Gardening lore calls for planting potatoes on Good Friday. (photo/Cindy Hadish)

Gardening folklore calls for planting potatoes on Good Friday, but that date can fluctuate from the wintry throes of March to somewhat balmy days in late April.

In 2019, Easter falls on the latest date in nearly a decade, April 21, placing Good Friday on April 19, weeks later than last year’s Good Friday on March 30.

Still, winter weather lingered especially long this year in Iowa, so it might take another two weeks for soil temperatures to be ideal for planting.

This map from ISU Extension indicates, as of the first week in April, that soil temperatures are not yet at 45 degrees Farenheit, which is generally recommended for potato planting.

Iowa State University Extension advises gardeners to plant potatoes in late March or early April in southern Iowa; early to mid-April in central Iowa; and mid to late April in northern portions of the state.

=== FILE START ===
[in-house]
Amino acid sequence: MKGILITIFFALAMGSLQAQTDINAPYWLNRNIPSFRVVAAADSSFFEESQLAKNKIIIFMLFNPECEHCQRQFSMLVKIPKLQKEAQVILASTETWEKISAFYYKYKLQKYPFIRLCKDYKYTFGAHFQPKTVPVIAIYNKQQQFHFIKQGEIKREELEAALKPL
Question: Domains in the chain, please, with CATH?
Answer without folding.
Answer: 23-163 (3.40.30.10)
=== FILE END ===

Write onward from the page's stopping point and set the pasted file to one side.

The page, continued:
New potatoes are then generally ready to harvest by July.

Gardening lore that calls for potato planting on Good Friday is likely tied to moon phases.

The date of Easter changes every year, but is set as the Sunday following the paschal full moon, which is the full moon that falls on or after the vernal, or spring equinox.

Generally, that would set Good Friday during the waning of the moon, the time to plant below-ground crops.

One way to avoid the soil temperature question is to plant potatoes in large containers or straw bales, either of which would be fine to do in April.